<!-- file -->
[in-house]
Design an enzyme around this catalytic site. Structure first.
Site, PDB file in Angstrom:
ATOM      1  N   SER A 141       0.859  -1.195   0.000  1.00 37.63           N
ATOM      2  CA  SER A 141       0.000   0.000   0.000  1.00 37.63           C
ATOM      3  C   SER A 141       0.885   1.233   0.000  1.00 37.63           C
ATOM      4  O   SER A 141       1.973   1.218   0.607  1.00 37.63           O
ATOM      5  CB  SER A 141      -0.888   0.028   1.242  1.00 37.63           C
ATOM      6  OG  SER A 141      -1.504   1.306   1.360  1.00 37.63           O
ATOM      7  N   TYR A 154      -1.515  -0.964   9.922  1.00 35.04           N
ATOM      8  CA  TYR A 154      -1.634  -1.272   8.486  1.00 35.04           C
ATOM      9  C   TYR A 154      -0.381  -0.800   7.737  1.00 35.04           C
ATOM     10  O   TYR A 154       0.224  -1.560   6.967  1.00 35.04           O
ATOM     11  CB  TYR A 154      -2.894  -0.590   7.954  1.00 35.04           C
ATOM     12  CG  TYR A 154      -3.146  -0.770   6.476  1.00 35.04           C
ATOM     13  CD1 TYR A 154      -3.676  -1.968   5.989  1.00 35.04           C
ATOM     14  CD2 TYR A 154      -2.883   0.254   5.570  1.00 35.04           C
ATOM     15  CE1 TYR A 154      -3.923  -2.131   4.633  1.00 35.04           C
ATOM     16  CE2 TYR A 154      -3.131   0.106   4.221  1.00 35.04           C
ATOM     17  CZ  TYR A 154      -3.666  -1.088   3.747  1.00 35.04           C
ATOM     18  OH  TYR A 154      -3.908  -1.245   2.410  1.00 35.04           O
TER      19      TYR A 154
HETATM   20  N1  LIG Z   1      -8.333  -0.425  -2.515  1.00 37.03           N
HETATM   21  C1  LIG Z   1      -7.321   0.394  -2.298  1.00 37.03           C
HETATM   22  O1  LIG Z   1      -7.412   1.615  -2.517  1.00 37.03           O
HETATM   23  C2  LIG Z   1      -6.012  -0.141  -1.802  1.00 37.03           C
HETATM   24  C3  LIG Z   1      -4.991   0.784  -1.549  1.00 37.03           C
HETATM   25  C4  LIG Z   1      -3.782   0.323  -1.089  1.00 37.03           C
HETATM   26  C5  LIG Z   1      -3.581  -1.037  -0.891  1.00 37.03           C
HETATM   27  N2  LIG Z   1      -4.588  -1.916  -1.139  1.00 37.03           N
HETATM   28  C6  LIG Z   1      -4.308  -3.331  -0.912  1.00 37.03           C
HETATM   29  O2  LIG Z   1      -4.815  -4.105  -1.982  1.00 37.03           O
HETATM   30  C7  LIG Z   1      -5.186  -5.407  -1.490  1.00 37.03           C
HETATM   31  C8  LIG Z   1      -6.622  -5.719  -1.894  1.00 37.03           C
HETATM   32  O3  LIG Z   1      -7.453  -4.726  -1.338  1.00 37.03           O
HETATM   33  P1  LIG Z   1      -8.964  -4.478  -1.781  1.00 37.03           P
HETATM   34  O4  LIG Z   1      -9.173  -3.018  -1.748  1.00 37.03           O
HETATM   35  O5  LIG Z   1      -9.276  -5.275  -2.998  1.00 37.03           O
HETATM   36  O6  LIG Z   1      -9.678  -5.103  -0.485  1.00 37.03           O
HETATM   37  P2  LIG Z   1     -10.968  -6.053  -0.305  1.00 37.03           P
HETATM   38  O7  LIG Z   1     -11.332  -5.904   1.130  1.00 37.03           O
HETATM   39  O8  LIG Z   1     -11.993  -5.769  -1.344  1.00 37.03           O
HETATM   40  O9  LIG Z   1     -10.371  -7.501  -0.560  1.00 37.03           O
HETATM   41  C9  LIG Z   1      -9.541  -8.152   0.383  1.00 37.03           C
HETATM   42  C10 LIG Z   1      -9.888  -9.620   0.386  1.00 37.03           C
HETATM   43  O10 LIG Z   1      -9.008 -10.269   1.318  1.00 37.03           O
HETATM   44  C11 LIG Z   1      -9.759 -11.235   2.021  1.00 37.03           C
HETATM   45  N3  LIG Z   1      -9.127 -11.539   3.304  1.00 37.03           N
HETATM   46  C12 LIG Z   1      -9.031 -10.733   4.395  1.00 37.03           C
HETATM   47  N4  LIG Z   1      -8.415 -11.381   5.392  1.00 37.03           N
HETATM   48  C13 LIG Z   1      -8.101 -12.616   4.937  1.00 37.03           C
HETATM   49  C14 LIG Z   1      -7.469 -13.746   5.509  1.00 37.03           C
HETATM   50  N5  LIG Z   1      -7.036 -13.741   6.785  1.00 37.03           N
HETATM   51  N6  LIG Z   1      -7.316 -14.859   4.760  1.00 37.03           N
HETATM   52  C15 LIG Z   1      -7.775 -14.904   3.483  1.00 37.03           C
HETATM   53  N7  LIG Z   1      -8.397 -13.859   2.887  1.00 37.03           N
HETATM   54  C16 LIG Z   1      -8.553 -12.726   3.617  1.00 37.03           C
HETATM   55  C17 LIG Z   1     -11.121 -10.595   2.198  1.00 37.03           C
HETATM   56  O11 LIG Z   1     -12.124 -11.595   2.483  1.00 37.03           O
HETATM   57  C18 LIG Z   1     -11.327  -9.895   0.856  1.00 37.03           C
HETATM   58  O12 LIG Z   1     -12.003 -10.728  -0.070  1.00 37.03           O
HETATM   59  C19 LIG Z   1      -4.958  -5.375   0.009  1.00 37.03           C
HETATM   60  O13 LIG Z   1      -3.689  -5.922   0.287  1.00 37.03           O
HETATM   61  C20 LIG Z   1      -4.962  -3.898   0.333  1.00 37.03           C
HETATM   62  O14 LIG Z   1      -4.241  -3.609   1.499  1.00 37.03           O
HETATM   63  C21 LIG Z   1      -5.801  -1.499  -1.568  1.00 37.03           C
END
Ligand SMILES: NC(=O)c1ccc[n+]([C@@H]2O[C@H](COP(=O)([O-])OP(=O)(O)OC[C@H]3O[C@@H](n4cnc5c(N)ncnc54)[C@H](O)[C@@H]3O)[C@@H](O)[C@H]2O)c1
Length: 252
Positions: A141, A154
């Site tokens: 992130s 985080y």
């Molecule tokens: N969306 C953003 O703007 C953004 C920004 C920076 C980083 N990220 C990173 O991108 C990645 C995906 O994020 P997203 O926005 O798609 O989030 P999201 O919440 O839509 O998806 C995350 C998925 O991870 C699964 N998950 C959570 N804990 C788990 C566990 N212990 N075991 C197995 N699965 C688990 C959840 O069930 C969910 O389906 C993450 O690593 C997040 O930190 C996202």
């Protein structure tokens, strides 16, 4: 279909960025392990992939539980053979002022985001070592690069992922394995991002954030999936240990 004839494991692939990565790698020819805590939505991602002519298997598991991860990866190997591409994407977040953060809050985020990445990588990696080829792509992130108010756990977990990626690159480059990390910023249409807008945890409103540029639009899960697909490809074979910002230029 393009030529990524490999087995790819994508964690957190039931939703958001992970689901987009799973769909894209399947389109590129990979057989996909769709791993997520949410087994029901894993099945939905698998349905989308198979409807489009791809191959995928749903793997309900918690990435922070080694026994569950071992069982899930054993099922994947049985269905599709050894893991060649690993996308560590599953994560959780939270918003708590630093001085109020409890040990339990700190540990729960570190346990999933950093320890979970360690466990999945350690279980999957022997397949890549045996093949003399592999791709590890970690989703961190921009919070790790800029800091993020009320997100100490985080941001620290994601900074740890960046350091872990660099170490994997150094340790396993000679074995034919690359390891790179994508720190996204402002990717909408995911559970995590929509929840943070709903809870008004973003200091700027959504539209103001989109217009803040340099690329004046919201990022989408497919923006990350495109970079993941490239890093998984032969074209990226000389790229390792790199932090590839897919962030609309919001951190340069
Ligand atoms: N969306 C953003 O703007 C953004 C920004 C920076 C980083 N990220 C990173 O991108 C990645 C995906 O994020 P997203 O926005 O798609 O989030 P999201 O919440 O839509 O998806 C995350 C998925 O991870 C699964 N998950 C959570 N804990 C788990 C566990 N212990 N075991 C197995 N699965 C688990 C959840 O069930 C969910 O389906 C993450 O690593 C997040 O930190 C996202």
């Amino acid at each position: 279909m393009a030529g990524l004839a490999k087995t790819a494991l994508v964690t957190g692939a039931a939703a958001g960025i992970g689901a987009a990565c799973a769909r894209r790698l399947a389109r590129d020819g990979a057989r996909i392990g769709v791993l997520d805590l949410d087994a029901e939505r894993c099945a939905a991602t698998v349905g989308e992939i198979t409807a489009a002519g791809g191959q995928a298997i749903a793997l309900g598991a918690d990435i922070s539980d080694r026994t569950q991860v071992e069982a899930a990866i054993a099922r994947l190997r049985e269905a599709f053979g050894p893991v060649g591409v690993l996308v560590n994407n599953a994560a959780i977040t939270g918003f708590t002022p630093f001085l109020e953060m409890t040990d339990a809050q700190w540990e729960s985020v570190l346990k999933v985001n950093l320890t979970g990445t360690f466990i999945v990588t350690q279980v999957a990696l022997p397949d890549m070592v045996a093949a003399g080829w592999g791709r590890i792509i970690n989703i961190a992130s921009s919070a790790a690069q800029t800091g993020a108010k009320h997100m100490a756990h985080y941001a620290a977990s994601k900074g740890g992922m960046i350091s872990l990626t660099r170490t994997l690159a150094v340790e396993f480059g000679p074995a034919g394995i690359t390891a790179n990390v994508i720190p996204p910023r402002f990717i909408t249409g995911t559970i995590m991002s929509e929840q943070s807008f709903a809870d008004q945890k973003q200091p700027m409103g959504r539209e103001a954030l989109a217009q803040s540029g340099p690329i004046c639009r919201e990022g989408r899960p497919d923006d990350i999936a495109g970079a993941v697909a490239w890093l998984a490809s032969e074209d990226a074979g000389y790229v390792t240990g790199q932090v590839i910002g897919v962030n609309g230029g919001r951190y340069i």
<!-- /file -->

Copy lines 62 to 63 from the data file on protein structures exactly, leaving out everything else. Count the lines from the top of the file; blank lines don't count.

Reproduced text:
HETATM   59  C19 LIG Z   1      -4.958  -5.375   0.009  1.00 37.03           C
HETATM   60  O13 LIG Z   1      -3.689  -5.922   0.287  1.00 37.03           O